The best literature, and the best SF, makes you think. Otherwise, what’s the point? Speculative fiction asks the ‘what if?’ questions that attract the curious, and with her anthropological background, Ursula Le Guin encourages us to think about aspects of our humanity, our gender and our sexuality. Other writers have done the same, but I think she was a pioneer in the field.

Over time, Le Guin created an entire universe – the Ekumen – populated with a number of different worlds, all homes to slightly different variants of human beings, at various different stages in their developments as societies and civilisations, perhaps all descended originally from one race, the Hainish, after whom all the stories and novels in the group are known, the Hainish cycle. Some communication and some actual contact between these worlds has become possible. This huge canvas allows Le Guin to explore a range of different issues that plague our world, such as gender and sexual differences, reproduction, political organisation, wars and violence, authority, the environment…

My two favourites have always been The Dispossessed and The Left Hand of Darkness. The former explores how society and economy is and might be organised, using a planet whose society largely reflects our current capitalist world with all its oppressions and evils, and its moon, to which those who reject such a way of life have fled. We see the difficulties they encounter on a harsher world, trying to build a more equal society along anarchist lines: their way of life has always seemed challenging but more attractive to me, and to many readers. As a writer of speculative fiction, Le Guin is encouraging us to imagine, to think other ways of being and to accept that they aren’t easy or utopian, but they are possible and available to us with effort. And, unlike some writers in the broader genre, she writes well, creates vivid places and characters with which we can fall in love, with whom we can empathise.

The Left Hand of Darkness works differently: we humans cannot ever become the andogynous inhabitants of the planet Gethen who randomly assume male or female gender on a regular cycle. But we are pushed to re-think many of our attitudes and preconceptions about biological gender and social conditioning through the Earth-born character’s experiences as he visits the planet. It’s a marvellous story, a masterwork of the imagination.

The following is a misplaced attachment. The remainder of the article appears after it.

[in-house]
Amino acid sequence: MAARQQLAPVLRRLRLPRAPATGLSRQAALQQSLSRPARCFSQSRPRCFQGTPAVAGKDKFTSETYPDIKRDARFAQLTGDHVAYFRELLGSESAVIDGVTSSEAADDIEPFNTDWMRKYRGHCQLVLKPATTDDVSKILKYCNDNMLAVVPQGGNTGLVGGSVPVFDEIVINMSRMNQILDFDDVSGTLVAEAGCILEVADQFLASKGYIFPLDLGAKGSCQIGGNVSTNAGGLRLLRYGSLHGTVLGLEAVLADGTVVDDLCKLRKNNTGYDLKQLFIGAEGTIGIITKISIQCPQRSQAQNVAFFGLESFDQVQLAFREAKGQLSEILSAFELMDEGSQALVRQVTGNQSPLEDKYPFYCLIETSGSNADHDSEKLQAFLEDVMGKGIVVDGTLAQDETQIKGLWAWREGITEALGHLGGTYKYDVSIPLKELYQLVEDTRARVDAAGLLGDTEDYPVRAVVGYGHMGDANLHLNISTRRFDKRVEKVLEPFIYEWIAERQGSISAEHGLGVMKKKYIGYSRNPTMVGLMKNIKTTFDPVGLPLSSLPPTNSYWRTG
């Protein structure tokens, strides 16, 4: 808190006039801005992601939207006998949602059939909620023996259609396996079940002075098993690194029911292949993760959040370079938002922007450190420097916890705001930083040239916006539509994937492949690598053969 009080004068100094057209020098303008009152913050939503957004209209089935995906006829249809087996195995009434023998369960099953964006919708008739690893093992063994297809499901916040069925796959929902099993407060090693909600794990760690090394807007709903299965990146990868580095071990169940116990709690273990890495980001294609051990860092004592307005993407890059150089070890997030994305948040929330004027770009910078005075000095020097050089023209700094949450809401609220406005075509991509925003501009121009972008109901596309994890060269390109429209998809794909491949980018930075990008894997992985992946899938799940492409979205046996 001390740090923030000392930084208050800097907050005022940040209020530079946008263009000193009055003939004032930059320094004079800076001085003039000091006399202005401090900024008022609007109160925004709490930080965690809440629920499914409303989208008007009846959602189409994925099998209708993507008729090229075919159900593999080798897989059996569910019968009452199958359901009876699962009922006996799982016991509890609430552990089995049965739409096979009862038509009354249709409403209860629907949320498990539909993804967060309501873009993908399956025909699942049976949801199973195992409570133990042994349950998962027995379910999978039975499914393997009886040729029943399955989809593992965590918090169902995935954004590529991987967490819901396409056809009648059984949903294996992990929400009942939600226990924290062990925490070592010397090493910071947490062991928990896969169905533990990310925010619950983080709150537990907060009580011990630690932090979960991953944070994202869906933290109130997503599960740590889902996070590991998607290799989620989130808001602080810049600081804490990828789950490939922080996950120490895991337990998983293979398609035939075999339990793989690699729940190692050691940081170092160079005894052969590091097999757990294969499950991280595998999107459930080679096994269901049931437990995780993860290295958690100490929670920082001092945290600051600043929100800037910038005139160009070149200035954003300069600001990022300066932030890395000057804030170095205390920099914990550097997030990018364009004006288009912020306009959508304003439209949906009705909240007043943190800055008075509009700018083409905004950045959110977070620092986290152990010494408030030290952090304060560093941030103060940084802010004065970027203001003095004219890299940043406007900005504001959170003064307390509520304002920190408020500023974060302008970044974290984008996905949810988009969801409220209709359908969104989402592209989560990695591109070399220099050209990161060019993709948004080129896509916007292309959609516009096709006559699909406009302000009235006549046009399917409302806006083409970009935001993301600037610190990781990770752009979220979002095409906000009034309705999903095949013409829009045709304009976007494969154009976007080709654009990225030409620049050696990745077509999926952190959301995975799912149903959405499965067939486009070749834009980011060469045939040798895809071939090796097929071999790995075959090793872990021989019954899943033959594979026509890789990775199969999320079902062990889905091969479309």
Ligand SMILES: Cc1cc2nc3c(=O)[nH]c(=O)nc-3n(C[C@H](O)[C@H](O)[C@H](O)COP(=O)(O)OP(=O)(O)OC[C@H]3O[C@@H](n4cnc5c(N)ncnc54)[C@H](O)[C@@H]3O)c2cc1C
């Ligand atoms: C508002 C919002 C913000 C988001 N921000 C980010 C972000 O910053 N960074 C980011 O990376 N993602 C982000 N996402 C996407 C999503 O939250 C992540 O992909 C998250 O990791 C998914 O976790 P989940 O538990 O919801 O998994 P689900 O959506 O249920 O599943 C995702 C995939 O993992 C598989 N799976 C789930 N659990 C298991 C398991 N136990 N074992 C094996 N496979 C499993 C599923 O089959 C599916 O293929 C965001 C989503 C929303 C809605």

And then there are all the other novels and stories, not just in the Hainish cycle. And all her essays, which I have not yet read, but which are now on my list, along with a re-read of her fiction. I have warmed to her humanity, her humane-ness if you like, I have been made to think deeply, and I have been entertained; I cannot ask any more from a writer. A day to be sad, and deeply grateful.


Peter Whitfield: Travel – A Literary History

January 18, 2018

51qmqSUU-+L._AC_US218_This was a well-produced book, from the Bodleian Library press (it’s nice to be able to say such a thing nowadays) and Peter Whitfield writes well as he surveys the territory of travel writing over the centuries. It does take a particular skill to know the range and scope of the territory, and then to select and summarise, to compare and comment, keeping everything under control. And there has to be an excellent bibliography – which there is. I have some gripes, which I’ll get on to later. But the book is a must for any serious reader of travel literature as a pointer to where to look next, what one may have missed and so on.